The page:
- Kadima: Currently the largest faction, the centrist Kadima party has recently elected Shaul Mofaz as its leader, replacing Tzipi Livni who consequently resigned from the Knesset. Mofaz took over a party which has been struggling in the polls since the summer of 2011. The shift in focus to socioeconomic issues left Kadima, which was focused largely on promoting the peace process, somewhat irrelevant. Although Mofaz is a respected former IDF chief of staff, defence minister and a determined politician, he has not established himself as an alternative to Netanyahu as Prime Minister. His short lived coalition with Netanyahu earlier this year further damaged his and Kadima’s standing.
- Yisrael Beiteinu: This right-wing party, led by hawkish foreign minister Avigdor Lieberman, was the third-largest in the current Knesset and played a prominent role in the government. Recently, the party has adopted a more vocal position on the exemption of Arabs and ultra-Orthodox from military service.
- Labour: After years of falling support, Labour will be looking to capitalise on the renewed interest in socioeconomic issues following the socioeconomic protests of 2011. Under the new leadership of Shelly Yachimovich, a former journalist with a strong record on social issues, Labour has sought to reclaim its social-democratic brand and has succeeded in re-energising its activist base, on which it will rely upon in the upcoming election.
- Shas: Although the ultra-Orthodox Sephardic party has been led by Eli Yishai for over a decade, Shas has been unable to recreate the popular fervour it possessed under its previous political leader Aryeh Deri in the 1990s. Shas will try to energise its supporters against public anger at ultra-Orthodox exemption from military service, and in defence of welfare benefits that favour its constituents.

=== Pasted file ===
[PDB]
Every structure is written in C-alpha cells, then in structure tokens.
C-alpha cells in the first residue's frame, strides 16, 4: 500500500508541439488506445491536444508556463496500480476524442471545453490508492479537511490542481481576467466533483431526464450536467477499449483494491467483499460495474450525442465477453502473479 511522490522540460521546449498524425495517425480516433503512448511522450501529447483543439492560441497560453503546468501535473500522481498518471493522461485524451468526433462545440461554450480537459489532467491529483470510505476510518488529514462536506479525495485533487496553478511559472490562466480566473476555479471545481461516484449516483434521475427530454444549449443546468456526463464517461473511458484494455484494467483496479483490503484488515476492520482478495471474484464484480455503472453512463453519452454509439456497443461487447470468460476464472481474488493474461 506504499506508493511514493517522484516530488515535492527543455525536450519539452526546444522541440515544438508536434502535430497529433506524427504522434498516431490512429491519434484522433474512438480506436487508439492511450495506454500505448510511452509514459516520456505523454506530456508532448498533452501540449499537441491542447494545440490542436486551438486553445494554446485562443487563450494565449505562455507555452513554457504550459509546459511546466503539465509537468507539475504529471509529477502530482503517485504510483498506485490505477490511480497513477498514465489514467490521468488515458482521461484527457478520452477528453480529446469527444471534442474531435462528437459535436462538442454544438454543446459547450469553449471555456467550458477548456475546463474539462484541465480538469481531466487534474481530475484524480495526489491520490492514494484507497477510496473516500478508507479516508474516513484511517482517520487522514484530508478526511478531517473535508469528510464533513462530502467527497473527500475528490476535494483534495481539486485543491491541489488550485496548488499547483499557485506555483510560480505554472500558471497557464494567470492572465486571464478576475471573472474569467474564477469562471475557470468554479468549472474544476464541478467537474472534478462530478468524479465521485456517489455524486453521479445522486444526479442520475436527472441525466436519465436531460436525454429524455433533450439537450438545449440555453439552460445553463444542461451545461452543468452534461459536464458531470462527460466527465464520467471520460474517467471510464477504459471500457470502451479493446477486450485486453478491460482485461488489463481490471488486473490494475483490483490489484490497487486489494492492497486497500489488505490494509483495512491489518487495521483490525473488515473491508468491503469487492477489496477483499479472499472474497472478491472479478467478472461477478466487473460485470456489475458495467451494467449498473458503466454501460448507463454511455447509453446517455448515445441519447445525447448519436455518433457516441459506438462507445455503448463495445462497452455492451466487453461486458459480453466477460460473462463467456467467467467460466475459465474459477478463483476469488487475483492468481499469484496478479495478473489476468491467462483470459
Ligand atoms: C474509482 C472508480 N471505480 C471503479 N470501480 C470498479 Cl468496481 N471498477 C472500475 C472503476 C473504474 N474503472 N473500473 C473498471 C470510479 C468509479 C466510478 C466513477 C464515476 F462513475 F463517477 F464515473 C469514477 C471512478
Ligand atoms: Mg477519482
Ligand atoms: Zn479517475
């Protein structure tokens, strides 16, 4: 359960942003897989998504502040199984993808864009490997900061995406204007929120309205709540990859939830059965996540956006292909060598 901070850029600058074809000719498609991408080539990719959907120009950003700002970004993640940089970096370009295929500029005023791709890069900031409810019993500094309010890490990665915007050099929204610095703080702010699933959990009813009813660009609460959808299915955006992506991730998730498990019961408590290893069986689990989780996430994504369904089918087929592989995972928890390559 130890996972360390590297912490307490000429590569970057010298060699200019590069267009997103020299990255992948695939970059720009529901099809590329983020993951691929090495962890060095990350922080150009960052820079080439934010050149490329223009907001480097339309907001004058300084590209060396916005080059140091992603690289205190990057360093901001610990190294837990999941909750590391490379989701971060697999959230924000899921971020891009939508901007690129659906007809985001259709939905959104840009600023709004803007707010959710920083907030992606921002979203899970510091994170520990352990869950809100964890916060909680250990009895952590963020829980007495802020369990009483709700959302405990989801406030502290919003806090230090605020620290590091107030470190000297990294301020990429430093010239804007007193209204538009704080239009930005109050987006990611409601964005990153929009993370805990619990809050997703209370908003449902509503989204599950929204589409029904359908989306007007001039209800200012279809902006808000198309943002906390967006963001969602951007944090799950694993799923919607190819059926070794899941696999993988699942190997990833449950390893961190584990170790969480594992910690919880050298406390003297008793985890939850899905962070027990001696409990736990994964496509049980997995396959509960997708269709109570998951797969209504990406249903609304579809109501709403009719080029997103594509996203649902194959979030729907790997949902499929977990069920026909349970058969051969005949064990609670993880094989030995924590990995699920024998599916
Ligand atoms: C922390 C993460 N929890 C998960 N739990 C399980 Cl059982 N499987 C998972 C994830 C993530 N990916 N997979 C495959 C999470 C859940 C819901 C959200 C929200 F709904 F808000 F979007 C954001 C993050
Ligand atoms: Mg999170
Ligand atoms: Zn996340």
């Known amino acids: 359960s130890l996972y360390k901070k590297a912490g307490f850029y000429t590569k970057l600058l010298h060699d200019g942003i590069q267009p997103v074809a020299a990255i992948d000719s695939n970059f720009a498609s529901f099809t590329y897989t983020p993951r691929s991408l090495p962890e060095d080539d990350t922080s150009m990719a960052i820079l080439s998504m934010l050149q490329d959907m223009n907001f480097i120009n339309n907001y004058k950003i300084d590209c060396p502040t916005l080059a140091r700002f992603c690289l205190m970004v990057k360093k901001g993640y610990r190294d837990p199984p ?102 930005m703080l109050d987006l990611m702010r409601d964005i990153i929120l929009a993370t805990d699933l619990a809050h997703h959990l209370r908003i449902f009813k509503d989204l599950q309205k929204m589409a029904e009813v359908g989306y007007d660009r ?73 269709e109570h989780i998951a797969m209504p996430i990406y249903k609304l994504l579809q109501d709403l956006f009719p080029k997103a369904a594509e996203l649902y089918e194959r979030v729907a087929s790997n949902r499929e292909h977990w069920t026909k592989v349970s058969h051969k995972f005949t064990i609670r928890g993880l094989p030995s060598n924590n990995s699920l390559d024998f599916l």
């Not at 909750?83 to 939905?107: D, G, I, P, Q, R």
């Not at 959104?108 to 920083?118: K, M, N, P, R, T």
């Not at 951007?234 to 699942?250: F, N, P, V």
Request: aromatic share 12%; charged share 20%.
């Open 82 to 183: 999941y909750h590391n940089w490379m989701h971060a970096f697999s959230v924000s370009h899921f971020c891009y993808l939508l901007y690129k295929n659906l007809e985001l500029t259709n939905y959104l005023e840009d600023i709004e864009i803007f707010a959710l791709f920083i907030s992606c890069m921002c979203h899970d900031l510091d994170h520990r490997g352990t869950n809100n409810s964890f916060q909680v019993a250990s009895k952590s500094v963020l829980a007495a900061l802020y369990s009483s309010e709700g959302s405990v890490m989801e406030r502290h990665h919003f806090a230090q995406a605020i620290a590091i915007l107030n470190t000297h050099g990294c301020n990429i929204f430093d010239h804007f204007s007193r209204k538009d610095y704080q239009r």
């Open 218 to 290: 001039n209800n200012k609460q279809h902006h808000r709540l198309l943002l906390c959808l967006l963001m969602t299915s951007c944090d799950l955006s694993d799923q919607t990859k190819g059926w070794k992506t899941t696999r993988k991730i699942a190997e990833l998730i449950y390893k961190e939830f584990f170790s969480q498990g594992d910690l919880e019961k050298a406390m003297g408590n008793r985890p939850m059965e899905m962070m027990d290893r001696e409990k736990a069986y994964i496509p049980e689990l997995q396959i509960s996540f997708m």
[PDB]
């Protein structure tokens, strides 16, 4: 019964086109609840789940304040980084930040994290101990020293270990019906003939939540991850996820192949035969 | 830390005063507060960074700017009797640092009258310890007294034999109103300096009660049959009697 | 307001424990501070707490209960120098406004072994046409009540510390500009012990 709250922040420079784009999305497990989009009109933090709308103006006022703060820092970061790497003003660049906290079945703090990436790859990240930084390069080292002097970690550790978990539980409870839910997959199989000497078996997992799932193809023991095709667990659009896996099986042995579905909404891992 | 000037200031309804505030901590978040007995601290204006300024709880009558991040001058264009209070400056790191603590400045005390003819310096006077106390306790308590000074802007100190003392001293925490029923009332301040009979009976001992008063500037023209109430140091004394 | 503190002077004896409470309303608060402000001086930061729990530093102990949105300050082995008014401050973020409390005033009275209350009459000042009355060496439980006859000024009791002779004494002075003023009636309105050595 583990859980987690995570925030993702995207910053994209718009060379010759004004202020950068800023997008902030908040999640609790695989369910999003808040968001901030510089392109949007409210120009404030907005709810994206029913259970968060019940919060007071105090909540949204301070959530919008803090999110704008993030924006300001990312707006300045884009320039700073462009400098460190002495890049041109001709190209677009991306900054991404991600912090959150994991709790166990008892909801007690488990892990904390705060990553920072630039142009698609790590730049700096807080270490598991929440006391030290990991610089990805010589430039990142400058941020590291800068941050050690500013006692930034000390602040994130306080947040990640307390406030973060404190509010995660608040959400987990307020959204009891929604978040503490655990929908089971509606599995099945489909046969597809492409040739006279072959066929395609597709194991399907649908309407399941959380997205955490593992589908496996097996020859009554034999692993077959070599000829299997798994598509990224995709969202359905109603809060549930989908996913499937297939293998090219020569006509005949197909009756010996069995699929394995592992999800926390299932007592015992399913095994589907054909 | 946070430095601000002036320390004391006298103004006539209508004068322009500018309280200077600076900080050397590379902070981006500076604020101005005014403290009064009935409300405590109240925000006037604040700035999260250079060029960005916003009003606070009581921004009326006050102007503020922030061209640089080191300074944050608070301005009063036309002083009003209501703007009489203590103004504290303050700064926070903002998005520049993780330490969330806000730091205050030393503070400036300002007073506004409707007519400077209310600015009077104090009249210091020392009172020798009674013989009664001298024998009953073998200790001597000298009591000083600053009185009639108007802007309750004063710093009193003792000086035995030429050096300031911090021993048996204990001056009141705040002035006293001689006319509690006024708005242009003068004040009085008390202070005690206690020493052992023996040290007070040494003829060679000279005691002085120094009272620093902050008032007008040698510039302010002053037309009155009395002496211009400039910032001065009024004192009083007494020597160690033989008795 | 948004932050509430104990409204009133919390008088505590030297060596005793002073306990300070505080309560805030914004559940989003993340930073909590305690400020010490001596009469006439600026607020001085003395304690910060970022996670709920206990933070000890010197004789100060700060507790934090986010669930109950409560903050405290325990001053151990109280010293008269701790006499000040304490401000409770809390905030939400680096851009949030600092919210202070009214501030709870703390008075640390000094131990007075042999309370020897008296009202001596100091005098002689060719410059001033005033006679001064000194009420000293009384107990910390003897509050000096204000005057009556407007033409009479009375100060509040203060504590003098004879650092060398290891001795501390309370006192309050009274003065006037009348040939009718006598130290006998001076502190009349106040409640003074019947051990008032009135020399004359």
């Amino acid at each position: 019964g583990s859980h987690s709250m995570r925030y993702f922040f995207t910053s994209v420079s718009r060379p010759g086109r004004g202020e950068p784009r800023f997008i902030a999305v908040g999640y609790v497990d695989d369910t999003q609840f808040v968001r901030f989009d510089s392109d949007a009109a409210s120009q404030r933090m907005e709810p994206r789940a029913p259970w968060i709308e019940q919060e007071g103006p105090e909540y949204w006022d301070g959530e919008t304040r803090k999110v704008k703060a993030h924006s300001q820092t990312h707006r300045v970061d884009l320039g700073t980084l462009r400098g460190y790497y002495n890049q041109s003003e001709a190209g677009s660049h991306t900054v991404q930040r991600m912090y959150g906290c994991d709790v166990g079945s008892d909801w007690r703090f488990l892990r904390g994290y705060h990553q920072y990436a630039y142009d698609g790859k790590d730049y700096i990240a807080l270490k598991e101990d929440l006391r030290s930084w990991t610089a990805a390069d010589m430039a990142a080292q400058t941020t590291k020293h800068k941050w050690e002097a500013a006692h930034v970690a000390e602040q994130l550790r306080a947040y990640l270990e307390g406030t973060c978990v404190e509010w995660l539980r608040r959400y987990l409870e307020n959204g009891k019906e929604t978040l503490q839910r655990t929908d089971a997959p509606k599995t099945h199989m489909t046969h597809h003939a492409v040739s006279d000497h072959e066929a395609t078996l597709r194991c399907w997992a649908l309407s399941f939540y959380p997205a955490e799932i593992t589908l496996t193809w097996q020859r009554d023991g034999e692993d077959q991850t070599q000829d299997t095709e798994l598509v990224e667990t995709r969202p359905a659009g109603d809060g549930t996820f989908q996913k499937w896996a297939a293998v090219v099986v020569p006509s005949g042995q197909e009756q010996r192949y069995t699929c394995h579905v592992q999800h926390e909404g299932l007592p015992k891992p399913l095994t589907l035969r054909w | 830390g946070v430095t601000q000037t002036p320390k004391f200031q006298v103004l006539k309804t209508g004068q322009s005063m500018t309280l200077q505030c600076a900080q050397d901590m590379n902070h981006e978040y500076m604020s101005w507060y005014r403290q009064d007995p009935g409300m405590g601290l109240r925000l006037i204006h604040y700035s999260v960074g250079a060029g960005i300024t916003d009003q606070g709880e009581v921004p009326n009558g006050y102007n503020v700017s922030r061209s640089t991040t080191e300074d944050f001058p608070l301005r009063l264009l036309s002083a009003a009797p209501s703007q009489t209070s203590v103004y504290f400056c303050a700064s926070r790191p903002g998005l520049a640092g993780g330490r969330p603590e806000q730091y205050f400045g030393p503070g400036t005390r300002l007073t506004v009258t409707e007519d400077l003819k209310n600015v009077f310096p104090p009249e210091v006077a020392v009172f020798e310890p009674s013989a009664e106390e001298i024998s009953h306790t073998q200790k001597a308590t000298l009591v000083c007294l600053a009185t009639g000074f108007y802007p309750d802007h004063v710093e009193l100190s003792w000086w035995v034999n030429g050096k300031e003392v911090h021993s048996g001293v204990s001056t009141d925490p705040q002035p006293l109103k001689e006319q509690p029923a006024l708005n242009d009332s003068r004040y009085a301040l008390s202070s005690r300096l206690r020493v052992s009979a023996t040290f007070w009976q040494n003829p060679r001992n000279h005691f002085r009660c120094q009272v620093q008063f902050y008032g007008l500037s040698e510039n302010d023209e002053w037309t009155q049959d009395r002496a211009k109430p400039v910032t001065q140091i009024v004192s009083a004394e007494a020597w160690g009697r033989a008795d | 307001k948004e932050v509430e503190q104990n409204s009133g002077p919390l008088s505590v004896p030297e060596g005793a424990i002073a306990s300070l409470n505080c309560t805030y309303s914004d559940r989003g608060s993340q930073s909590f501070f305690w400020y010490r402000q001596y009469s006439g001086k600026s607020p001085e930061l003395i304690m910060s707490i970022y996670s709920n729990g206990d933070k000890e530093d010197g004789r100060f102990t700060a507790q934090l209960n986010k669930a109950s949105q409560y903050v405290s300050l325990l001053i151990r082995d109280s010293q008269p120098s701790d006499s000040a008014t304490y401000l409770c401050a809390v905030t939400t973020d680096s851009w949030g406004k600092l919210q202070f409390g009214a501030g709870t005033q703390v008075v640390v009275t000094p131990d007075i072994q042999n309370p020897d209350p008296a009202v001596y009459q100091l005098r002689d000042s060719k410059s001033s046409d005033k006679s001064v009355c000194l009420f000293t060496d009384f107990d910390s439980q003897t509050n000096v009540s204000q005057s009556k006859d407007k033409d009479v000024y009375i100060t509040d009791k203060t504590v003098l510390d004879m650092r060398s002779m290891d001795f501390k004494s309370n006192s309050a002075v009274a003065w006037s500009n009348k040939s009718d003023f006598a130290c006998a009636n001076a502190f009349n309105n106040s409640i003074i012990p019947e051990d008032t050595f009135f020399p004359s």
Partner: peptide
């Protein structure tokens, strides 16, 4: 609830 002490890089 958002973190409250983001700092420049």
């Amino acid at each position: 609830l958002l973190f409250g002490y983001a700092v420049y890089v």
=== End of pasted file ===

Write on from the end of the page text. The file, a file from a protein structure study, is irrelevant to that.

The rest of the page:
- Meretz: Following widespread disillusionment with the peace process after the eruption of the second Palestinian intifada, the left wing, secular Meretz became an almost inconsequential political faction. Under the new leadership of Zehava Galon, the party could enhance its power to a small degree with the support of upper-middle class liberal and Kibbutz voters.
- Atzmaut: After splitting from Labour, five MKs under the leadership of Defence Minister Ehud Barak formed this new centrist faction, which is now essentially a vehicle to return Ehud Barak to the Knesset so he can remain as Defence Minister. However, in some polls, the party does not succeed in crossing the electoral threshold (2% of the votes).